Orrin and I never talked politics after that. But we stayed in touch meeting up at Utah Jazz games or social visits to his office in Washington, or his home in Northern Virginia. His first question was, “Where’s my silver dollar?” and always requested copies of my economic and financial books. “I read every one,” he said.
He would often call us at Christmas time. We stayed at his home in Vienna during the inauguration of President George W. Bush in 2001. Orrin spoke at my uncle’s funeral in 2006, and visited his widow, Aunt Jewel, in Salt Lake City after Cleon died.
Visiting Senator Orrin Hatch at his home in Northern Virginia. “Where’s my silver dollar?”
Bill Doyle, the author of “Titan in the Senate,” gives Senator Hatch high marks for both domestic and foreign policies, in particular, his support of Israel, and his pushing through the Americans for Disabilities Act and other definitive legislation.
The ADA has proven beneficial to the estimated 61 million handicapped Americans by providing easy access to public transportation, stores and government buildings. But it has come at a high price tag, hurting small businesses, hotels, apartments and institutions that can’t afford compliance and petty lawsuits.
From my perspective, Senator Hatch did a lot of good, including his fight for tax reductions, his fierce defense of Supreme Court Justice Clarence Thomas and his fight to keep the Food and Drug Administration (FDA) from regulating vitamins.
The American Conservative Union (ACU) gave him an overall 87% approval rating in his seven terms in office. He holds up well compared to other Republicans. Here are their lifetime ratings by the ACU:
And he did a whole lot better than Ted Kennedy (3%) and Joe Biden (13%).
His Biggest Regret
Senator Hatch did have one major regret. Every year, he would support a balanced budget/tax limitation amendment to the Constitution, but his unique skills of persuasion failed him on this vital issue.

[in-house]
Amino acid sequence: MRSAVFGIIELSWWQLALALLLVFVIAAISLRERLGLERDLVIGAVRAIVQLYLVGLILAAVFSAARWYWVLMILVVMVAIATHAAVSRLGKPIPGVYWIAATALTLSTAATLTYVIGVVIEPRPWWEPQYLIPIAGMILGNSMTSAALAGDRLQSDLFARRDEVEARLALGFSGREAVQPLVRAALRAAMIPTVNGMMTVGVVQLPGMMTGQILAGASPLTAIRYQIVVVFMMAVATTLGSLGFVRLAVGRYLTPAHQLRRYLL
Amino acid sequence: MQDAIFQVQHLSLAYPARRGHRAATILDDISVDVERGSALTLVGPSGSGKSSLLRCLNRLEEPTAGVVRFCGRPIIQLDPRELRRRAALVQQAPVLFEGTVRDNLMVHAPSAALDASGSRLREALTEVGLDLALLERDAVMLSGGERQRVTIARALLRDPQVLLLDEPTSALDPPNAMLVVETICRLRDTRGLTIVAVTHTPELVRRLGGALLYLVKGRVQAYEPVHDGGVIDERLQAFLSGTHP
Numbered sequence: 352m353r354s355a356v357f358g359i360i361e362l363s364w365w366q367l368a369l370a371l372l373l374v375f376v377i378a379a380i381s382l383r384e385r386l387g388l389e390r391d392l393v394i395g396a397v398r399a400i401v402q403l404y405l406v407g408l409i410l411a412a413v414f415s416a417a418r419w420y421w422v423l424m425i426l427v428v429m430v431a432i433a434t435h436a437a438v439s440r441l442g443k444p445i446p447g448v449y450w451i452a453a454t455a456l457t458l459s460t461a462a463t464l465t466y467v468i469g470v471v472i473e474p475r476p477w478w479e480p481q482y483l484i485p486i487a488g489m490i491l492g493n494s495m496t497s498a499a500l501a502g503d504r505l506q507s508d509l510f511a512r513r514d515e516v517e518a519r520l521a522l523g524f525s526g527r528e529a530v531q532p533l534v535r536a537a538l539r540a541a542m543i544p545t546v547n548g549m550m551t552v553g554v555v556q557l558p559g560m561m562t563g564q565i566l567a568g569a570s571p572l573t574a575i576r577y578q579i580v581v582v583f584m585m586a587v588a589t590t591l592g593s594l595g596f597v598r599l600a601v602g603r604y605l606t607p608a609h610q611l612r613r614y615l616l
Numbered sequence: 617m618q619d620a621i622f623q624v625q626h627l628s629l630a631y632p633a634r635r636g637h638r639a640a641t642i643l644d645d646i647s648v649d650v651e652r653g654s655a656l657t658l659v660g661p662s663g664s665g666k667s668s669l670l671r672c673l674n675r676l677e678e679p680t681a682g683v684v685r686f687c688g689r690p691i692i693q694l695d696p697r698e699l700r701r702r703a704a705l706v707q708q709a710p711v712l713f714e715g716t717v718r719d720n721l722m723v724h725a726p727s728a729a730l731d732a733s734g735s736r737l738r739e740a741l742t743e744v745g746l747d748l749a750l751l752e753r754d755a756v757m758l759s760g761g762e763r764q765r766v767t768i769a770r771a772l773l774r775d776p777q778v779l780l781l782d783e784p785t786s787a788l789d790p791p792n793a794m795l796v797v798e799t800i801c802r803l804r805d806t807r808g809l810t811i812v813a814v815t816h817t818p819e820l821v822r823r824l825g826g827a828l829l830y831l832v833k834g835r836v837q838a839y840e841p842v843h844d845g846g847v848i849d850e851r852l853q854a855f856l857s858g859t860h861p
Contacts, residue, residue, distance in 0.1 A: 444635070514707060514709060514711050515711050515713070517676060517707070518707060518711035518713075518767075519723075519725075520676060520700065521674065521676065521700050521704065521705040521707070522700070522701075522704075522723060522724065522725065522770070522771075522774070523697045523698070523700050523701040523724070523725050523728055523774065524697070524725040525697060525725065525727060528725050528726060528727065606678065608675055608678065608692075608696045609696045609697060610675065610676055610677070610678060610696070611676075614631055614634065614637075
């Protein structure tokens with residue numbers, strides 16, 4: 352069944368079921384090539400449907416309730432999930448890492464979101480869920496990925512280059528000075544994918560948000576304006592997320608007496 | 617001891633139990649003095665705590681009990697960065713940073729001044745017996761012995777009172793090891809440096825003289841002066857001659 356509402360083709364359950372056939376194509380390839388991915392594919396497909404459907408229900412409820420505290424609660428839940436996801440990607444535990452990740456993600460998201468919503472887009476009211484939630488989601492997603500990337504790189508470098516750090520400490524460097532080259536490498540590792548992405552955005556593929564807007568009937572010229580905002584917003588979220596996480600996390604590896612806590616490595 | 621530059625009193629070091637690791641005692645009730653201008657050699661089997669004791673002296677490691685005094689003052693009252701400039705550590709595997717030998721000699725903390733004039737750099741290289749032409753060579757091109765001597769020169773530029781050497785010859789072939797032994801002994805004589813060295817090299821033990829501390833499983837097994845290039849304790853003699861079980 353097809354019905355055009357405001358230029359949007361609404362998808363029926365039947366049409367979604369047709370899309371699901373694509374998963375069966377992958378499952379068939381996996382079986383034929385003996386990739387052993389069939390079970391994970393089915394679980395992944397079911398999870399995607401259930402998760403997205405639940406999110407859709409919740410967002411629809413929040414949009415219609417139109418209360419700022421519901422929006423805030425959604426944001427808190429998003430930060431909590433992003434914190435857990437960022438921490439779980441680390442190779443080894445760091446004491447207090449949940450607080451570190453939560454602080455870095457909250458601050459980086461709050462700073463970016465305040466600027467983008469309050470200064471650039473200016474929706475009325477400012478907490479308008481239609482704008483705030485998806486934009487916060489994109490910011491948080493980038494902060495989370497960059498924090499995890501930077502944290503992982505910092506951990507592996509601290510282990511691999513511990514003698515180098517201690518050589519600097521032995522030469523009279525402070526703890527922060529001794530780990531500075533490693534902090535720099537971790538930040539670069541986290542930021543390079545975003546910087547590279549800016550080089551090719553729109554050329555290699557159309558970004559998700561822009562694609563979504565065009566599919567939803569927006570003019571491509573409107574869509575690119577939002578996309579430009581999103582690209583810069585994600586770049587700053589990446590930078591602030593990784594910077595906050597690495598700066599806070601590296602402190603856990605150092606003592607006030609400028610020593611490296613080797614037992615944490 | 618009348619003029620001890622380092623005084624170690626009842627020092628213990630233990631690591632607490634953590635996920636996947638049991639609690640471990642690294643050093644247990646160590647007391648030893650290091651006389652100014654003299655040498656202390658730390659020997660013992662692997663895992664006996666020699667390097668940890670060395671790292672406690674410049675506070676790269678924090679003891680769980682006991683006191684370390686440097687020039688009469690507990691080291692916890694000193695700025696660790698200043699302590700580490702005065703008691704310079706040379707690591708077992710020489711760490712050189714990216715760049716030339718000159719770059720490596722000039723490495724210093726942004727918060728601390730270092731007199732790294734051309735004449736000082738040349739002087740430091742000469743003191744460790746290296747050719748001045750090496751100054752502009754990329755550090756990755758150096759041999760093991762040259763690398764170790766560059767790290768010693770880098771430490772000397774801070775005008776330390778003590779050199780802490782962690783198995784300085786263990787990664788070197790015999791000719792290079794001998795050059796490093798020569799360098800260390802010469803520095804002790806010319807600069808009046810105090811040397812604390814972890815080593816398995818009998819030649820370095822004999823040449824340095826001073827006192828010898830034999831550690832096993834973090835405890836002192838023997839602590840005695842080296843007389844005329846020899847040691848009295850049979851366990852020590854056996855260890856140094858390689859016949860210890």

Here are three charts that tell the story of Senator Hatch’s tenure as senator (1977-2019):
Government spending % GDP, 1977-2019.
Growth of National Debt.
Fraser Institute: US Economic Freedom Score.
On these macro measures, Senator Hatch fought an uphill battle and lost. The government and the national debt kept growing during his time in Washington, and economic freedom in the United States declined. His legacy includes many great contributions but adding to the national debt and big government was not one of them after 42 years in the premier governing body of the United States.
On the positive, the stock market boomed, so not all is lost.
A Personal Thank You
Last week, I heard from many friends, family and subscribers on my birthday, Oct. 19, and I appreciate it. With my family scattered around the country, Zoom came in handy to be able to see my children and grandchildren online. Isn’t technology great?
My wife, Jo Ann, gave me a director’s chair in honor of my new appointment to the Doti-Spogli Endowed Chair in Free Enterprise at Chapman University.
I look forward to seeing many of you at the upcoming Orlando MoneyShow. See the details immediately below.
Orlando MoneyShow, Oct. 30-Nov. 1, Omni Hotel ChampionsGate, Florida: Join Ed Yardeni, Bruce Johnstone, Terry Savage, Keith Fitz-Gerald, Steve Forbes and Mark. For more information, go to Skousen.MoneyShow.com and use code 057734 for special subscriber pricing.
Good investing, AEIOU,
You Nailed It!
The Government Can No Longer Hide
“A virtuous and industrious people may be cheaply governed.” — Benjamin Franklin
Back in the 1970s and 1980s, Senator William Proxmire, a Democrat from Wisconsin, was famous for exposing wasteful spending by Congress, especially in the military. He gave out the annual Golden Fleece Award for the federal agency that financed the most egregious form of waste.
Senator Proxmire retired in 1989 and died in 2005, but today’s examples of waste, fraud and corruption are 100 times bigger than in Proxmire’s day.
Fortunately, we have a man who has taken on the political machine. He’s not a politician, but a citizen who is making a difference.
Adam Andrzejewski may have a last name that is hard to pronounce (Angie-eff-ski), but his message is easy to remember: exposing the outrageous waste, fraud and corruption in federal and state governments, of both Democrats and Republicans. He recently went after Democrat vice president Jill Biden and Republican governor Kristi Noem, among others.
He spoke at our FreedomFest conference in South Dakota in 2021 and will be speaking again at FF in Memphis next year.
He is an electrifying speaker. I highly recommend you listen to this recent talk he gave at Young Americans for Freedom (YAF) in California: Exposing Government Waste and Corruption ft. Adam Andrzejewski – YouTube.
His message isn’t all negative — he’s had some real victories (such as opening the books in California) and his revelations have resulted in several prison sentences for government officials. He deserves our support and encouragement.
I recommend you stay in touch at www.openthebooks.com.